South Scotland

Ettrickbridge man convicted of Helensburgh babysitting sex abuse

A man has been convicted of sexually abusing two girls he used to babysit and attempting to rape one of them in Helensburgh nearly 40 years ago.

Nigel Channon, 51, of Ettrickbridge, near Selkirk, had denied the offences committed between 1978 and 1984.

His victims were aged six and eight when the abuse began. One of them came forward to police two years ago.

Channon was remanded in custody at the High Court in Glasgow and sentence was deferred until next month.

The court heard how he would babysit the girls on occasion while their parents were out for the evening.

He would give them sweets before sexually abusing them.

They were told not to tell anyone what he was doing and Channon threatened them saying that if they did they would have to leave Helensburgh.

One of his victims came forward two years ago after talking to a friend.

She then made a statement to police revealing that Channon had abused her for six years.

She said: "I just thought - what if he's got grandkids now? I just thought - what if he's doing this to someone else?"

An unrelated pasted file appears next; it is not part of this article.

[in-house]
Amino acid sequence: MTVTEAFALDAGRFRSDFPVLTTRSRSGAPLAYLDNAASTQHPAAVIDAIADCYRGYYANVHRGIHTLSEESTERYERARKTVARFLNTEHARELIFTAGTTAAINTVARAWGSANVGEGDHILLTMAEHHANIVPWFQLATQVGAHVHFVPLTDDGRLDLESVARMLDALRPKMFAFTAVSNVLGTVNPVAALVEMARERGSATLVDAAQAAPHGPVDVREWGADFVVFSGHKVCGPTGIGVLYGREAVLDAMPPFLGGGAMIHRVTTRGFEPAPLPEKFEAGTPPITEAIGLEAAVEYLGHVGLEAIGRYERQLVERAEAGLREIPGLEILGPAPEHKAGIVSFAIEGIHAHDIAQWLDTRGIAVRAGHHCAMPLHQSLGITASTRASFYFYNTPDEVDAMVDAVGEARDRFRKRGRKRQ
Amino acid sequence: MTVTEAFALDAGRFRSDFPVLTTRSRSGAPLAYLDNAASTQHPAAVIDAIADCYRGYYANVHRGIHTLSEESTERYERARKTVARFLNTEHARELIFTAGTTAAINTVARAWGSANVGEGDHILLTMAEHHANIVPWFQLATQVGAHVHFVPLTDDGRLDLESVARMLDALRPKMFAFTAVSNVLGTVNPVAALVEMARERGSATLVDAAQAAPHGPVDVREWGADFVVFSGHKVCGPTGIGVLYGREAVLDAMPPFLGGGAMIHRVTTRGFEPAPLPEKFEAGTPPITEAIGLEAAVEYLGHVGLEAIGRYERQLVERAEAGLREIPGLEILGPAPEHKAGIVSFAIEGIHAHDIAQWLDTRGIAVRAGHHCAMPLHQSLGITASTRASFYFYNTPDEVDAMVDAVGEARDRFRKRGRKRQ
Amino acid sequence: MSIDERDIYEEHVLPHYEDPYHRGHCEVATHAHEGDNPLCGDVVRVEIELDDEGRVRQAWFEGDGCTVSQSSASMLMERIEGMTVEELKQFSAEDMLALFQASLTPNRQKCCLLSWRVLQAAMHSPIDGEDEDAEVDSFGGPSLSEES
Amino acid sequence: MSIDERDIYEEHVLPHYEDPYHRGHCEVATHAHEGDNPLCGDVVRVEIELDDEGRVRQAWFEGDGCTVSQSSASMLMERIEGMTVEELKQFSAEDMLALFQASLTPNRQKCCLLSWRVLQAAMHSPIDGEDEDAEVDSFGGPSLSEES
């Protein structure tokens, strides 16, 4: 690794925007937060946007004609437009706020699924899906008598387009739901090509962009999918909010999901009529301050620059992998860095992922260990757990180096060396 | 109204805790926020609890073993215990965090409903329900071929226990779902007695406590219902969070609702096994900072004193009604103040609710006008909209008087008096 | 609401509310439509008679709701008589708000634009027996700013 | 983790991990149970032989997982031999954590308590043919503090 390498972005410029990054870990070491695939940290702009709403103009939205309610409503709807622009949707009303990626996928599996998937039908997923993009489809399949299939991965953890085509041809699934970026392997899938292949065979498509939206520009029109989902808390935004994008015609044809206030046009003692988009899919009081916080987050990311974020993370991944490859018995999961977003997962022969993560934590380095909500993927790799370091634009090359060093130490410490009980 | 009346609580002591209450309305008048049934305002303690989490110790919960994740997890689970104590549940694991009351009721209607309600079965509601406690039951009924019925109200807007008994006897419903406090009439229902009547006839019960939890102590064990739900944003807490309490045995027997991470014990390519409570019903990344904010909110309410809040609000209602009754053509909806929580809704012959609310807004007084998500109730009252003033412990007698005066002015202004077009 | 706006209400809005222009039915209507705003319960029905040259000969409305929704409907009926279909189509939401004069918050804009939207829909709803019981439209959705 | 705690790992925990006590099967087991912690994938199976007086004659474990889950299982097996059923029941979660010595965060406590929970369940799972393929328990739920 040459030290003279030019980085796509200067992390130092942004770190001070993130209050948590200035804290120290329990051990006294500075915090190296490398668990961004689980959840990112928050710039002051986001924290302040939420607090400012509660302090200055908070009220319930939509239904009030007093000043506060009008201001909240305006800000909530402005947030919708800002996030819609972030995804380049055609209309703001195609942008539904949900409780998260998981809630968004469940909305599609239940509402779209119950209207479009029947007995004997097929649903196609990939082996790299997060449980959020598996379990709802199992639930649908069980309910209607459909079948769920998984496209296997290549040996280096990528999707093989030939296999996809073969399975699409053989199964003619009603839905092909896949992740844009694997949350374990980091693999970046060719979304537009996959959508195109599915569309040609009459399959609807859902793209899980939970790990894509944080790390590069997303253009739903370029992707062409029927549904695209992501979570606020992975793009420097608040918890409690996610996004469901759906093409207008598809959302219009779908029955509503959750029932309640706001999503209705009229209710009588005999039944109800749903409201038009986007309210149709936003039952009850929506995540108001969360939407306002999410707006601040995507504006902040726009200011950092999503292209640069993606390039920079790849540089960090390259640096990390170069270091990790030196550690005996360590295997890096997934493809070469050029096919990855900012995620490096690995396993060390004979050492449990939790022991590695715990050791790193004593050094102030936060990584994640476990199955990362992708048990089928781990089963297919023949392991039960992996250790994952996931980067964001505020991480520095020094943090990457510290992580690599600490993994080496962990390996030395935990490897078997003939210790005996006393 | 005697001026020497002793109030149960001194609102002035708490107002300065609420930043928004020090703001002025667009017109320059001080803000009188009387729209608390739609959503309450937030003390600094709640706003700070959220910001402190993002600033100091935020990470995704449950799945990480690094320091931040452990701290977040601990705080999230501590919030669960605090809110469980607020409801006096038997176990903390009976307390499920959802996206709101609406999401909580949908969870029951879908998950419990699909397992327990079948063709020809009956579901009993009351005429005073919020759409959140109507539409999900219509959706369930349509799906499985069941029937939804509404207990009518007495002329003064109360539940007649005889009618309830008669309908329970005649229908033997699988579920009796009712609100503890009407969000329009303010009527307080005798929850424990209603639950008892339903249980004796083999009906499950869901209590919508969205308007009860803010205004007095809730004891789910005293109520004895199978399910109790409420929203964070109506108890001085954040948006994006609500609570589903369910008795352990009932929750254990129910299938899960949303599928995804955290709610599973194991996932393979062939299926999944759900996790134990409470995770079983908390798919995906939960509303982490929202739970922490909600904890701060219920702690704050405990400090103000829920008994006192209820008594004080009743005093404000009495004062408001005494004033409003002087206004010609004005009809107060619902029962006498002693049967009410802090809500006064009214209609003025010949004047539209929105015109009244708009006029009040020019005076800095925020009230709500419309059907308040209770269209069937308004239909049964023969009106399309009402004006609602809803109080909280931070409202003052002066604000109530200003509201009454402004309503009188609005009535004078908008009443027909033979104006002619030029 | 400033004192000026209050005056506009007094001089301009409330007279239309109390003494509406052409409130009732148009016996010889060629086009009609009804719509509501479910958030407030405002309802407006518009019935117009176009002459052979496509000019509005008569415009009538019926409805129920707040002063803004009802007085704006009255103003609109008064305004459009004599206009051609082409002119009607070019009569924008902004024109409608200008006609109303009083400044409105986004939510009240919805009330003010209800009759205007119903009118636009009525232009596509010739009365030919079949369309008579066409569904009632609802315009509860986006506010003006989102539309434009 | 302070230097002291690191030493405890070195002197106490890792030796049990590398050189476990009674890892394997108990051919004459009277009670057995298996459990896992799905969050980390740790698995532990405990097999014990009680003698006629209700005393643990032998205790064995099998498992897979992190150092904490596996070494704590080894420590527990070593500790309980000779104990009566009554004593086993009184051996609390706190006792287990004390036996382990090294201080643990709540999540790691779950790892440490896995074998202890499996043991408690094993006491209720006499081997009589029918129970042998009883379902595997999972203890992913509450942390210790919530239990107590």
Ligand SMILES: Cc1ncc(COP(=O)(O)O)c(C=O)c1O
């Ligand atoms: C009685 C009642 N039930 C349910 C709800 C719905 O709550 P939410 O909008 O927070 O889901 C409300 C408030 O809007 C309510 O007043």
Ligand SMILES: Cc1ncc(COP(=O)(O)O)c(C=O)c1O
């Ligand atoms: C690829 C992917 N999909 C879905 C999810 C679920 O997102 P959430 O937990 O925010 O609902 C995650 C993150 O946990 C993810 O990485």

Video interviews

Channon, who worked as a credit agent, admitted that he babysat the girls, but claimed he only did it for a year. He denied sexually abusing them.

His trial at the High Court in Glasgow is believed to have made legal history in Scotland.

Instead of being quizzed in court by advocate depute Michael Meehan, video tapes of their police interviews were played in court.

Both women - who live in England now - came to court to confirm that the videos were in fact the interviews they had given to police.

They were each cross-examined by defence QC Derek Ogg after their videos were shown.

In evidence, Channon admitted he babysat for both children, but said: "I never abused anyone."

The video evidence played in court was available because police in England - unlike Scotland - interview all complainers on film.

It was agreed at a preliminary hearing heard earlier this year that the videos could be used in court as part of special measures

The Lord Justice Clerk, Lady Dorrian, is presently carrying out a review looking at the possibility of using video evidence recorded by police in courts on a regular basis.

Related Internet links

The BBC is not responsible for the content of external Internet sites